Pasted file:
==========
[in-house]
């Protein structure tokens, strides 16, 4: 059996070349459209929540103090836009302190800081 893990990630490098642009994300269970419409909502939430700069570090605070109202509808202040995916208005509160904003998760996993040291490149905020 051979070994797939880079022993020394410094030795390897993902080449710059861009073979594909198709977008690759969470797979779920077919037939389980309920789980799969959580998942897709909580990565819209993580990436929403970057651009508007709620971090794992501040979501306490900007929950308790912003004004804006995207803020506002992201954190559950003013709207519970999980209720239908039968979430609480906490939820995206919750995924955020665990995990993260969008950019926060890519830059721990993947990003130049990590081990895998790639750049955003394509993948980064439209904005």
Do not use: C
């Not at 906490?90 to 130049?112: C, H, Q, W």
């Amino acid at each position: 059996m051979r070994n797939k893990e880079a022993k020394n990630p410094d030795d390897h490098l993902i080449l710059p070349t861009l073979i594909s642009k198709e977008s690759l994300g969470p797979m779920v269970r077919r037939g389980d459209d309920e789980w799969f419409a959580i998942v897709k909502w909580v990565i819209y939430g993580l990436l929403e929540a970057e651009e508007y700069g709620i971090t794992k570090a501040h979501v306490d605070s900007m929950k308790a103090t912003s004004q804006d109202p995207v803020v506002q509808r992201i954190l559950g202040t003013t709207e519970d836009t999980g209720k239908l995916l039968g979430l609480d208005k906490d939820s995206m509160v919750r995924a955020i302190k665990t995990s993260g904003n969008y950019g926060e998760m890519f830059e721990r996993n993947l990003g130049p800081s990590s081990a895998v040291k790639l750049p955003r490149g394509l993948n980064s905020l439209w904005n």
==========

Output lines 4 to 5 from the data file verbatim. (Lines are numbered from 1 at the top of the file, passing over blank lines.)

């Not at 906490?90 to 130049?112: C, H, Q, W």
């Amino acid at each position: 059996m051979r070994n797939k893990e880079a022993k020394n990630p410094d030795d390897h490098l993902i080449l710059p070349t861009l073979i594909s642009k198709e977008s690759l994300g969470p797979m779920v269970r077919r037939g389980d459209d309920e789980w799969f419409a959580i998942v897709k909502w909580v990565i819209y939430g993580l990436l929403e929540a970057e651009e508007y700069g709620i971090t794992k570090a501040h979501v306490d605070s900007m929950k308790a103090t912003s004004q804006d109202p995207v803020v506002q509808r992201i954190l559950g202040t003013t709207e519970d836009t999980g209720k239908l995916l039968g979430l609480d208005k906490d939820s995206m509160v919750r995924a955020i302190k665990t995990s993260g904003n969008y950019g926060e998760m890519f830059e721990r996993n993947l990003g130049p800081s990590s081990a895998v040291k790639l750049p955003r490149g394509l993948n980064s905020l439209w904005n």